Front Row Motorsports teammate Todd Gilliland finished seventh. 

“Race car drivers are greedy,” Gilliland said. “I wish I could have gotten a couple more there, but it was still a really good day. We ran up front most of the day and my car handled really well, so, overall, there are definitely a ton of positives to take out of this.”

Sunday marked the second time this season both Front Row Motorsports cars finished in the top 10. They also did it at the Indianapolis road course. 

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NASCAR confirms that the Hendrick Motorsports appeal of William Byron’s 25-point penalty from Texas will take place Thursday.

Should Hendrick lose that appeal, the team could then have a hearing before the Final Appeals Officer. That session would need to take place before Sunday’s elimination race at the Charlotte Roval (2 p.m. ET on NBC).

“Twenty-five points in the playoffs is a ton,” car owner Rick Hendrick said Sunday of Byron’s penalty. “I mean, in the regular season if you got a bunch of races, you can make it back up.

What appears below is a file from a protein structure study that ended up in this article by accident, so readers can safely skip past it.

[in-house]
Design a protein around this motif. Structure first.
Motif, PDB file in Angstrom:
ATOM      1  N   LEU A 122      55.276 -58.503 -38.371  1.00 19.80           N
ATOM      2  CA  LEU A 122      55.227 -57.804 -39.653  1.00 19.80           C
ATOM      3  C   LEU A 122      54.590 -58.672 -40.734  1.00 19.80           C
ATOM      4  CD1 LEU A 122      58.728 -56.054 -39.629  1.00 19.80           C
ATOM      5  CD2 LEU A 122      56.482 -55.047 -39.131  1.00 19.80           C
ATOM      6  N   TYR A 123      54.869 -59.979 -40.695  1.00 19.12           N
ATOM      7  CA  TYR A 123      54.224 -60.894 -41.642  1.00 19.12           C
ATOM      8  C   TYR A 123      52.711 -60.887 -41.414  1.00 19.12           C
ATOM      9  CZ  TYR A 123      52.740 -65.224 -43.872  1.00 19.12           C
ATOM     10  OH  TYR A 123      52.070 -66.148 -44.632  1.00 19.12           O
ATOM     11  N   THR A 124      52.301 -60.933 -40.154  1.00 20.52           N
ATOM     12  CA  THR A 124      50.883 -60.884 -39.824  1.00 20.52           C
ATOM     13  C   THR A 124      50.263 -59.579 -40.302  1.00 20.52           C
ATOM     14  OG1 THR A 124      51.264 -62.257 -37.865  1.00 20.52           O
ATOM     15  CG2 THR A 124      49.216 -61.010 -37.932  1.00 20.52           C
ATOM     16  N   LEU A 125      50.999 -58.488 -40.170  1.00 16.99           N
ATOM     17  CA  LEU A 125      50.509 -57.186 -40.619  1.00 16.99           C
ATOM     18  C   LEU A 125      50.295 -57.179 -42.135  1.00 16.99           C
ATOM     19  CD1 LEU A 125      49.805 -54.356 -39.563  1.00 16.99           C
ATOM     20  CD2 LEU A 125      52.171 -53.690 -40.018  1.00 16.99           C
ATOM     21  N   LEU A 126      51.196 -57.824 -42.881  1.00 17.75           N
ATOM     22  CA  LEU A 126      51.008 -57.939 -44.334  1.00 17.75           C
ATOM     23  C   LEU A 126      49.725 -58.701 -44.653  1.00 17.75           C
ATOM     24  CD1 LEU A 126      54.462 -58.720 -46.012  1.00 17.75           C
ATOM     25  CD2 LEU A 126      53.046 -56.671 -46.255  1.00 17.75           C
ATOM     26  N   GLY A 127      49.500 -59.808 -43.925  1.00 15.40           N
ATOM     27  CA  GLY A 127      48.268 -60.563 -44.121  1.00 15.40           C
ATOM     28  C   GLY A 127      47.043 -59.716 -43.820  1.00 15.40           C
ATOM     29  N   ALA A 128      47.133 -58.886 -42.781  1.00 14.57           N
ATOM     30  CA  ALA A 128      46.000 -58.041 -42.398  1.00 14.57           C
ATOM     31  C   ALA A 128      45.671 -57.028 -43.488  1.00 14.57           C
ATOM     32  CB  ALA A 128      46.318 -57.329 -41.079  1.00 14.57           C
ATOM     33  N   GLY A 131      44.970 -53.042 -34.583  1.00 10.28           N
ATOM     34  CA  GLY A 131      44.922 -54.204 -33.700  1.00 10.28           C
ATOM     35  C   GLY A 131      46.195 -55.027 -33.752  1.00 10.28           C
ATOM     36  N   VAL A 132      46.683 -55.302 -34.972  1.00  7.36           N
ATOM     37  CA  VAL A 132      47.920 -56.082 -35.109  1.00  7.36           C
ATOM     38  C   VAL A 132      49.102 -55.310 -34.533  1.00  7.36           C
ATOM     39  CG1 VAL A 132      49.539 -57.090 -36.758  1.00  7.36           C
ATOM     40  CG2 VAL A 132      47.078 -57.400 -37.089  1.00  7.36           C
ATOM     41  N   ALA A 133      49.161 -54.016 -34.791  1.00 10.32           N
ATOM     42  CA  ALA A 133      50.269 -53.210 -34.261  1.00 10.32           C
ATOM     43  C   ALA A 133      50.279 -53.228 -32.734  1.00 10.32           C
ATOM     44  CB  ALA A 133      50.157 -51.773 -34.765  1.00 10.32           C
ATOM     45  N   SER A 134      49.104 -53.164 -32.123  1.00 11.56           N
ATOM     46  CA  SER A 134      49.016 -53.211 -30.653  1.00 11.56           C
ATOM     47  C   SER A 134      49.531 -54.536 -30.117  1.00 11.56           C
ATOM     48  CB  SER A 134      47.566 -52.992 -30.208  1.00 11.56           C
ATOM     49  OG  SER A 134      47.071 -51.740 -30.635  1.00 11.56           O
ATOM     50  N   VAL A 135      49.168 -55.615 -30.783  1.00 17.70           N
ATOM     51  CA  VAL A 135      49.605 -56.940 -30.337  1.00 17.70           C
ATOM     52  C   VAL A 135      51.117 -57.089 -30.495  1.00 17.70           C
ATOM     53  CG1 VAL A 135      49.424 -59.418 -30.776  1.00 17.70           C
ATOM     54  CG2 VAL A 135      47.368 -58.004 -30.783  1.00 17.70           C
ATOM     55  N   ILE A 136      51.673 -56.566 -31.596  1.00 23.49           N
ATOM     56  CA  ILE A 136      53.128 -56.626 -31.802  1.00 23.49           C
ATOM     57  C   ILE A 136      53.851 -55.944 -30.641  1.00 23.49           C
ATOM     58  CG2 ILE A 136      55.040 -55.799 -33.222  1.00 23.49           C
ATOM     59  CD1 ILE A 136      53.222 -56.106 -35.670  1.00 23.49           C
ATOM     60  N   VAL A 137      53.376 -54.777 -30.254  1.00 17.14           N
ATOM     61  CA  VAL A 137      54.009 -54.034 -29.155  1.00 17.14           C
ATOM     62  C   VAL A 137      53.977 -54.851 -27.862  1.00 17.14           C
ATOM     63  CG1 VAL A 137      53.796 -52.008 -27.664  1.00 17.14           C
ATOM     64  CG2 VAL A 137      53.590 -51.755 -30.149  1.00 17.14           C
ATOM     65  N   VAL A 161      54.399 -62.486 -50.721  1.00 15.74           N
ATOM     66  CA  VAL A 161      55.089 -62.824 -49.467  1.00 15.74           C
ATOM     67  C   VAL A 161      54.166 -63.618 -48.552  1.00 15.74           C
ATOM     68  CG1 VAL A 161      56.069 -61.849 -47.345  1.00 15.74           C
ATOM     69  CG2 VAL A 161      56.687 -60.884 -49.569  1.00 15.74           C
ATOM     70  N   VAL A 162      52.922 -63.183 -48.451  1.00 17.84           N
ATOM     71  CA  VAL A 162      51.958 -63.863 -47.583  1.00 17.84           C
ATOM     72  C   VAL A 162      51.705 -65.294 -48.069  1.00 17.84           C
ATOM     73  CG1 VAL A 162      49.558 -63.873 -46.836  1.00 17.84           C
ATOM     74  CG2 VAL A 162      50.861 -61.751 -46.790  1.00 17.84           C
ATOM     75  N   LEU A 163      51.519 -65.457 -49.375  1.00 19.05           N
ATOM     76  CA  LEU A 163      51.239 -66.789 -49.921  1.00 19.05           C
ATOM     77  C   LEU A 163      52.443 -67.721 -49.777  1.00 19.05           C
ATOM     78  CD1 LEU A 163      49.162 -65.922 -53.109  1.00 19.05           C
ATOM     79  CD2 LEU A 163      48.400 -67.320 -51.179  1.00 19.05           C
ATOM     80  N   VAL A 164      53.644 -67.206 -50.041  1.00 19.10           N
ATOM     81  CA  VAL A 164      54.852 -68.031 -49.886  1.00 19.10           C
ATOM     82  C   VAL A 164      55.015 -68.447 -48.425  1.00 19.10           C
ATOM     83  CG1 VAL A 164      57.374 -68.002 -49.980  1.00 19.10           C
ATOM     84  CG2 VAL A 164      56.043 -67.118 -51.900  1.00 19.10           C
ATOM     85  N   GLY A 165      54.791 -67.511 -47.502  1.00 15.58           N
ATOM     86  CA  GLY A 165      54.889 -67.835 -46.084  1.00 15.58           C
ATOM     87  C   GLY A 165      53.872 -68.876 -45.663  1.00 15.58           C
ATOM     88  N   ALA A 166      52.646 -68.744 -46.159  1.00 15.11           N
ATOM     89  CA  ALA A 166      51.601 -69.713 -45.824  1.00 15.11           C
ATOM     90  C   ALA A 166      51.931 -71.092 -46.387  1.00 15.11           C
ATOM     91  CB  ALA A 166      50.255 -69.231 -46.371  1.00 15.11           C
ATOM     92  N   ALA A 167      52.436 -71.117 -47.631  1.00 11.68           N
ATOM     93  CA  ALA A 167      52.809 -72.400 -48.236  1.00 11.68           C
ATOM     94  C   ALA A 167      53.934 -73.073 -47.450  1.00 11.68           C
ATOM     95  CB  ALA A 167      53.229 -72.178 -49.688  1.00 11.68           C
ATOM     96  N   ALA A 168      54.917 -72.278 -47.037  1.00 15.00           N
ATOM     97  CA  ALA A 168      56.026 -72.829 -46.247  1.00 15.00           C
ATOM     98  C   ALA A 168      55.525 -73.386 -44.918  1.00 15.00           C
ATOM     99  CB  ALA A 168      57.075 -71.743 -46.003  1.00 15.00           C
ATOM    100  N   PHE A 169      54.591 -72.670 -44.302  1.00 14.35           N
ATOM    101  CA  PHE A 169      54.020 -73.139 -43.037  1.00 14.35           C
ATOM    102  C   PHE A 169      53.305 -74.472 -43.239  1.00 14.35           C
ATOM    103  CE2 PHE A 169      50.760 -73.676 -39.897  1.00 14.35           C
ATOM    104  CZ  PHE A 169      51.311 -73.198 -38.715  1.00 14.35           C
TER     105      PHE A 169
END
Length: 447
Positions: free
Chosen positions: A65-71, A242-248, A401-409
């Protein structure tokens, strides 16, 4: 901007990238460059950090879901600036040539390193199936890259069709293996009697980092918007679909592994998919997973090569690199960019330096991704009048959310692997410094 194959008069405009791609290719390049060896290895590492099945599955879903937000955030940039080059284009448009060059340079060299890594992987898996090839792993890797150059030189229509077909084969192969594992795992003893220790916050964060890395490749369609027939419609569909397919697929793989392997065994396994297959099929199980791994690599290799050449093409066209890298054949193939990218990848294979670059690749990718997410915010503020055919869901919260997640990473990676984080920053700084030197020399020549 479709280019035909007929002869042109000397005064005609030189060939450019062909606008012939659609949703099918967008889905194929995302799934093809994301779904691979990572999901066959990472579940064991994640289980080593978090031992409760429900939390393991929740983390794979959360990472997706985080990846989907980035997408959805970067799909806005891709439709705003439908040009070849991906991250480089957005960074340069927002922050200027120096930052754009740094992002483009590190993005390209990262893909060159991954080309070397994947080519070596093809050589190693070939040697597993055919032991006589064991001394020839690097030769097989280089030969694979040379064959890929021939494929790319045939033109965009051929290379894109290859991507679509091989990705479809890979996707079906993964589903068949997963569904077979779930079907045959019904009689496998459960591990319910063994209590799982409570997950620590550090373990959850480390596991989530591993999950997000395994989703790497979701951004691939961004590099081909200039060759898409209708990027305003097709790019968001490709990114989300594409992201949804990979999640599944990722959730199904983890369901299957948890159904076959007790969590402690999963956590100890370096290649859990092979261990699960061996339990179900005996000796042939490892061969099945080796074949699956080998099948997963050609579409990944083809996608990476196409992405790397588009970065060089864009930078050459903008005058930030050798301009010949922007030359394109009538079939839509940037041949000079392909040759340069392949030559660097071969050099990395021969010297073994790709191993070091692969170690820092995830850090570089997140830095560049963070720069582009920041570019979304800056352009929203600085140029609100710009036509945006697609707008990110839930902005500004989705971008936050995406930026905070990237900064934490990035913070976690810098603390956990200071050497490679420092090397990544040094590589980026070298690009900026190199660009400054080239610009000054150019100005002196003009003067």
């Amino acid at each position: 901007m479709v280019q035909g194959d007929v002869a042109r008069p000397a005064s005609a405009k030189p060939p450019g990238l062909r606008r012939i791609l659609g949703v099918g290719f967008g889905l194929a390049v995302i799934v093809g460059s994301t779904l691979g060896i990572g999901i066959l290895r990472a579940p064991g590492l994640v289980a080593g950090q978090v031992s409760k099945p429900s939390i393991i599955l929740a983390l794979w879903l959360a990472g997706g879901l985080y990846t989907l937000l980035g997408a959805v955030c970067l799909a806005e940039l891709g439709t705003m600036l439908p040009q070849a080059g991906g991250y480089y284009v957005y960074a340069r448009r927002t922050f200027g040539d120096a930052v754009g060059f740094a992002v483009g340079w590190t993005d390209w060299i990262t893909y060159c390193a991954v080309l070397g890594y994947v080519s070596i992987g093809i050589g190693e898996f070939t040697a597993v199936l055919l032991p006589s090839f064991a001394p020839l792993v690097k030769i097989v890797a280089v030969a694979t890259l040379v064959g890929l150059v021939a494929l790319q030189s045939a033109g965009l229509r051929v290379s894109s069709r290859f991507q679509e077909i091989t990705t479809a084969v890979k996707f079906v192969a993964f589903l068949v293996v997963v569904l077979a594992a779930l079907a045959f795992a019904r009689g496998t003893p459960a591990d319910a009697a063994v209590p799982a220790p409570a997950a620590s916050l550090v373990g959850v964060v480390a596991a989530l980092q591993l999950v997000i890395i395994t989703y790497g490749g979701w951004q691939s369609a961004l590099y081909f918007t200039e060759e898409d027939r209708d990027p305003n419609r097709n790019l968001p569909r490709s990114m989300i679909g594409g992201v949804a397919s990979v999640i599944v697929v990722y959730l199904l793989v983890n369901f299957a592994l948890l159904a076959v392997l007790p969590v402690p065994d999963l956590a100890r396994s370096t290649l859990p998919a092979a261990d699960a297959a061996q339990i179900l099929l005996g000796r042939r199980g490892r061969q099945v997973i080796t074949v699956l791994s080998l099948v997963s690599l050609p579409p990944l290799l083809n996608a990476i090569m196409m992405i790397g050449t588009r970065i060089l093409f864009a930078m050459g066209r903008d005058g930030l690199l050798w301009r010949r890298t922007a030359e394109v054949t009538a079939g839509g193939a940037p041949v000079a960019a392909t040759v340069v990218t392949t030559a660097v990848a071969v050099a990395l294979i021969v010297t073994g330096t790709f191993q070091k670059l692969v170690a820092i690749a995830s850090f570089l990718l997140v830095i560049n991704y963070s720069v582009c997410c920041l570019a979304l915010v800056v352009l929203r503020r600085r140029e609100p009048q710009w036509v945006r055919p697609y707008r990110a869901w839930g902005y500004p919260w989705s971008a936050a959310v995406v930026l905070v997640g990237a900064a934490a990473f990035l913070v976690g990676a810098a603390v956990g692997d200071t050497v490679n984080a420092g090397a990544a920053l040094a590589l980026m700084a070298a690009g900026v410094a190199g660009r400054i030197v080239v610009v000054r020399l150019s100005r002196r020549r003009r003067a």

“I’ve seen other cars under caution hit each other. In that situation, (Byron) wasn’t trying to spin him, but they got a tower full of people, they could have put him in the back, could have done something right then rather than wait till Monday or Tuesday, then make a decision.”

Byron is 11 points below the cutline after Talladega.

Talladega jumbles Cup playoff grid heading to elimination race

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In an unpredictable season and topsy-turvy playoffs, it only made sense that Talladega would deliver a wildcard result.

A playoff driver won a playoff race for the first time this season. How about that?

Chase Elliott’s victory moves him to the next round, the only driver guaranteed to advance heading into Sunday’s elimination race at the Charlotte Roval (2 p.m. ET on NBC).